Now, perhaps if you merely tied your tax bracket to your carbon footprint, that might come a little closer to being a workable system that would still push radical change. But I think it would be hard to devise such a system that’s any simpler than the current one, and since simplicity is allegedly why conservatives like flat taxes you’re probably going to lose them.

a straight percentage on consumption… not income.

That does not follow from the math at all. Basically the more you consume, the more you pay.

[quote]
people simply don’t have that much power to change their carbon footprint, which means you’re basically handing out tax bills by lottery.
I wouldn’t be asking anyone to change their carbon footprint. I’d be asking them simply to try to act in their own economic self-interest, which is about the only interest that individuals can be trusted to act upon.

There’s a geographic component to this that no one has mentioned, yet. I grew up in the northwest where much of the power is provided by hydroelectric dams. They have their own ecological issues, but release no carbon (as a direct consequence of operating). Do we want to give people in those areas a tax break?

I’m not convinced that the people who propose a flat tax like it for its simplicity. I think they like it because it will save them money. Simplicity is the promise they make to get other people to go along with it.

Consider two people, one making $30,000 per year, and the other making $3,000,000. Under a flat tax, someone making 100 times the income would pay 100 times the tax. The U.S. income tax is progressive, so the ratio is actually greater. Do you think one of those people uses 100 times the carbon of the other? If one drives 5,000 miles in a year, does the other drive 500,000? I suspect Mr. 3-Mill consumes a lot more than Mr. 30-Thou, and produces more carbon emissions because of it, but I doubt it’s 100 times more. And if that’s true, a carbon tax replacing the income tax would shift the burden from high earners to low.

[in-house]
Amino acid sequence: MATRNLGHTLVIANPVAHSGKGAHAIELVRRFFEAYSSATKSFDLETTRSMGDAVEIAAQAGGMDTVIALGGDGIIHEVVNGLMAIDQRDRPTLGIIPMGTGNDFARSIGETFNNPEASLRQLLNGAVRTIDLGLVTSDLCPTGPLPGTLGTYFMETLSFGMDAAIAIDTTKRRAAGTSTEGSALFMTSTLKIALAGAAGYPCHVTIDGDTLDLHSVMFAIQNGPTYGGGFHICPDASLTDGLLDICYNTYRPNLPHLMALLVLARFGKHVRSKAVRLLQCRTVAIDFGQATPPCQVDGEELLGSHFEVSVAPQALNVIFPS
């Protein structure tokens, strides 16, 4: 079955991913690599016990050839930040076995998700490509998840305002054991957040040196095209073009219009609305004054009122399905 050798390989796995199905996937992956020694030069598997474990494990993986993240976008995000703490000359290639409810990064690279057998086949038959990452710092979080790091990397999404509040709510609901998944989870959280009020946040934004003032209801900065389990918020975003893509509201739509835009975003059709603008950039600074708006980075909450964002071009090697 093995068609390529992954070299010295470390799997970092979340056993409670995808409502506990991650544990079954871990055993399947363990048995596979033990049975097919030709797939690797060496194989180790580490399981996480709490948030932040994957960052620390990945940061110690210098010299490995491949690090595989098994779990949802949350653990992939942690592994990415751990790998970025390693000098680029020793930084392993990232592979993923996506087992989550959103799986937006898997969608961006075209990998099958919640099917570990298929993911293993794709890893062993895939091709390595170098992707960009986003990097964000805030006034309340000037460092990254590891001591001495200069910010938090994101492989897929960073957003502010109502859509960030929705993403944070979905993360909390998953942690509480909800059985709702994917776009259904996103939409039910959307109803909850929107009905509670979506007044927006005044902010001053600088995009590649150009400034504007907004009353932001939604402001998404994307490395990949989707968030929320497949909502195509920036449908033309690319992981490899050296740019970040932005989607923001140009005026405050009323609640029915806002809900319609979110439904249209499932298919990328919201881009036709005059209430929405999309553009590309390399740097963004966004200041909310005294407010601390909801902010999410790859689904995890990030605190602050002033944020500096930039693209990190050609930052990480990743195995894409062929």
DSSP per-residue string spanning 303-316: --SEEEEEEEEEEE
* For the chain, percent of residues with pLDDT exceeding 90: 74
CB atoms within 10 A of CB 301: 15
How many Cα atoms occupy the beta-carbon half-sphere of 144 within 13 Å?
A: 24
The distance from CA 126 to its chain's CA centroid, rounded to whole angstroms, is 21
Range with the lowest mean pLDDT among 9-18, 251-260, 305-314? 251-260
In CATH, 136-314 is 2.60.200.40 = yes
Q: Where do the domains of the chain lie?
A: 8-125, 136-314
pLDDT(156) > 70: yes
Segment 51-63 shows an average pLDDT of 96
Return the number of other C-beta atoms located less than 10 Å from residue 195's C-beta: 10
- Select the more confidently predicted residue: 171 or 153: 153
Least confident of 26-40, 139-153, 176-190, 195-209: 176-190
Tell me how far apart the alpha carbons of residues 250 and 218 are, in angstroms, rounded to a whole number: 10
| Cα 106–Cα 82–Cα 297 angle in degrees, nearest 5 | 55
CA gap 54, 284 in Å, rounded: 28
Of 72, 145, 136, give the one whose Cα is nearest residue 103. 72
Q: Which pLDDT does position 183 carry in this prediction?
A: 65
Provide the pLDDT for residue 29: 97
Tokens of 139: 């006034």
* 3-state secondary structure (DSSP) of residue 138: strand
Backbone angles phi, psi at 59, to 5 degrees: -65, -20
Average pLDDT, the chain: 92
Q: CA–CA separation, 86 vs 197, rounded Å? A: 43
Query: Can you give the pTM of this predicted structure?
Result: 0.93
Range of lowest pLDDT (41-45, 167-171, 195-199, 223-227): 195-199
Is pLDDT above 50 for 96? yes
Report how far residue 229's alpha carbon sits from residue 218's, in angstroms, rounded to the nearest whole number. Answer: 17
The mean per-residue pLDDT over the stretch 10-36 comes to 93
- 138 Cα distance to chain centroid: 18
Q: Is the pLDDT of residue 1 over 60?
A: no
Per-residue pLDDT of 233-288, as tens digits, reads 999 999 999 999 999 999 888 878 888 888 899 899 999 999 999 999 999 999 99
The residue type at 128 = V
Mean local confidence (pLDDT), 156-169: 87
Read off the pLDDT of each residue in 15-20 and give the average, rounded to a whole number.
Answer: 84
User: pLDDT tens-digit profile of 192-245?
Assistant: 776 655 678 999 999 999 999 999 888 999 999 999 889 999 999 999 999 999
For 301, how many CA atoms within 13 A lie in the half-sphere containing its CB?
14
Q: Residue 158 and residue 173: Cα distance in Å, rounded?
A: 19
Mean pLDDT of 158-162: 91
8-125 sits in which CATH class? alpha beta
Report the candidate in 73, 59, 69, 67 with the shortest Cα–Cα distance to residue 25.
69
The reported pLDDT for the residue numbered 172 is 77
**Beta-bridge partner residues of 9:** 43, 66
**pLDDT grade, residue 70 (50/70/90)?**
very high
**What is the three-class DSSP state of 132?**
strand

Well, if you’re thinking this would just work in practice like a sales tax, then like Iggy says you end up with an extremely regressive tax system. Poorer people spend a much larger percentage of their income actually buying tangible goods, and fuel costs have a bigger effect on staple goods people have to buy than on most luxury goods.

But I think you’re wrong about it simply working out to be a generalized consumption tax. At least for Americans, most of their carbon footprint comes from transportation, heating and electricity. You can squeeze a percent here and there with, say, a bus commute or more efficient appliances, but in order to really change your carbon tax burden you’re going to need to move closer to work and move into a smaller house/apartment. Of course, the costs of living closer to cities is going to skyrocket.

Realistically, I think your tax will end up with rural and suburban taxpayers bearing the brunt of it (which may also drive the conservatives off), with the most affluent urban dwellers paying virtually nothing and the poorest trailer-dwellers paying the most. I’ll agree it would cause some radical change, but I really can’t see a way the tax system could accommodate losing all those super rich urbanites and expecting poorer suburban and rural folks to pick up the difference.

Oops, duplicate.

Why don’t you do the math and come back. Take the total consumption of gasoline, oil, natural gas, and coal and divide by the tax revenue last year. What would the cost per-gallon of gas be? I’m not going to do that math for you, but I expect it would be about $20, but maybe worse because as consumption drops the tax per-unit will increase. Maybe the poor people can use the savings from not paying income tax to buy a car with better gas mileage.

It’s a horrible idea. Not only would it end up being highly regressive because consumption does not scale with income, but the the wealthy would also be able to reduce their tax burden by investing in energy saving technologies.